Trump’s Approval Ratings are Resilient. How Does that Compare Historically?

By Matt Stiles | | Topics: Policy & Politics

Despite all the controversy attached to his presidency, Donald Trump has managed to retain a relatively consistent approval rating in the last two years — especially when compared to predecessors in the modern era.

The president’s approval rating has climbed some in recent weeks after a significant decline in January, reverting to around the average during the last two years.

Perhaps it’s the tribalism in American politics or the fragmented news ecosystem or the president’s skills as a communicator — but, for some reason, Trump hasn’t experienced the wide fluctuations of his predecessors.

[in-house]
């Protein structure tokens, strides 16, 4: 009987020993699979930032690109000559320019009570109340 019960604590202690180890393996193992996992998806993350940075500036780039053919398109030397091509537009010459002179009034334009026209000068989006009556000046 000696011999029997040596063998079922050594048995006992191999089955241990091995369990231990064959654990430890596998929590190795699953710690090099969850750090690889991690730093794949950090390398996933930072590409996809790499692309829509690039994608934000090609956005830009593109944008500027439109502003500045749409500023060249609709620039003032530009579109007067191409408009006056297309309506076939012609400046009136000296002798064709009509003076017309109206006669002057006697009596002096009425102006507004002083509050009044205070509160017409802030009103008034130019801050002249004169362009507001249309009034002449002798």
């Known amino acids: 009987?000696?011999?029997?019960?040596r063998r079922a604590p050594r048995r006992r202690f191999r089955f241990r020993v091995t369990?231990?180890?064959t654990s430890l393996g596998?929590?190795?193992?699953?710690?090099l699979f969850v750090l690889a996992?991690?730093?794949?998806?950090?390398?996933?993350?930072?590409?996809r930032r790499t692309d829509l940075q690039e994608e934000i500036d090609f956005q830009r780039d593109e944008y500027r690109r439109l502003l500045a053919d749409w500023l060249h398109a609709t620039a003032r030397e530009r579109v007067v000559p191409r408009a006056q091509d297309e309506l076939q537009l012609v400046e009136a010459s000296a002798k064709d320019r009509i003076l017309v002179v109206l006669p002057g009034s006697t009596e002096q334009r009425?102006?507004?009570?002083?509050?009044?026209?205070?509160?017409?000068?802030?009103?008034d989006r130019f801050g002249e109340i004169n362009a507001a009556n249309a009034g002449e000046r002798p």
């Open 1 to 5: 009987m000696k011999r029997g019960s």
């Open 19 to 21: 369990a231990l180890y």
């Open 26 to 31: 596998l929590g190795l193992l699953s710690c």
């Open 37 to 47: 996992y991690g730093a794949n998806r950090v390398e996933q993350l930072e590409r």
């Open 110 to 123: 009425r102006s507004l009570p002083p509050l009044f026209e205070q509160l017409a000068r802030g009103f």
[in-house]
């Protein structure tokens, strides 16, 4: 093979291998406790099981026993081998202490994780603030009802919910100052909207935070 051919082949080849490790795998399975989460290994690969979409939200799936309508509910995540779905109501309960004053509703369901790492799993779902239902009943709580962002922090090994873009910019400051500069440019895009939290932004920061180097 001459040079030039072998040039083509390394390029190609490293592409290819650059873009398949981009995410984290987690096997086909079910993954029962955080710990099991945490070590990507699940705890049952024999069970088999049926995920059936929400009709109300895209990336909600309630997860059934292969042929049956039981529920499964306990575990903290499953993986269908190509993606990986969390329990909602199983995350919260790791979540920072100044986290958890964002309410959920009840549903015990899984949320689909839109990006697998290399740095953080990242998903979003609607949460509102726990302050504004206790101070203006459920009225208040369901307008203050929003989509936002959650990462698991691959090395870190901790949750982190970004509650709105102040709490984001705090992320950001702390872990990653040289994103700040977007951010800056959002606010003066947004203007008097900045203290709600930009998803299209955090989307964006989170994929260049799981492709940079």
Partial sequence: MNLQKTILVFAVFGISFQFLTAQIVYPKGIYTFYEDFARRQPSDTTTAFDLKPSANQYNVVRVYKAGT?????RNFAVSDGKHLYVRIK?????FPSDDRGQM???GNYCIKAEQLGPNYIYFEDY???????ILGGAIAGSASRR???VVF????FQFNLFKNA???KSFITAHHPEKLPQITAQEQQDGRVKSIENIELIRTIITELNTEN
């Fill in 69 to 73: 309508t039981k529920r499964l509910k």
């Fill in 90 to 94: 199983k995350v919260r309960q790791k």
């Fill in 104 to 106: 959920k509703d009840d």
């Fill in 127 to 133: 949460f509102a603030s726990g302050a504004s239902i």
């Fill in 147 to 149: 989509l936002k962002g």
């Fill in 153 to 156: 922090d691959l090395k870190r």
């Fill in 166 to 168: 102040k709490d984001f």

He also, of course, remains historically unpopular.

According to Gallup, the president’s rating changes have stayed within a 14 percentage point range.

Other presidents — even those who only served one term — have experienced wider swings in their popularity over time. The late George H.W. Bush, for example, saw his popularity drop from 89% in February 1991 to 29% the following summer, a massive change.

Here are all the presidents, and their popularity ranges, since Harry Truman:

Image courtesy WikiMedia Commons

One thought on “Trump’s Approval Ratings are Resilient. How Does that Compare Historically?

  1. Because individual polls can be noisy, we estimate how Trump’s approval rating has changed over time using local polynomial regression. Basically, this consists of drawing a smooth curve over the data; this method is similar to those used on Huffington Post Pollster and other sites. In the regression, polls are weighted on the basis that I described earlier, so higher-quality polls with larger sample sizes have more say in the estimate.

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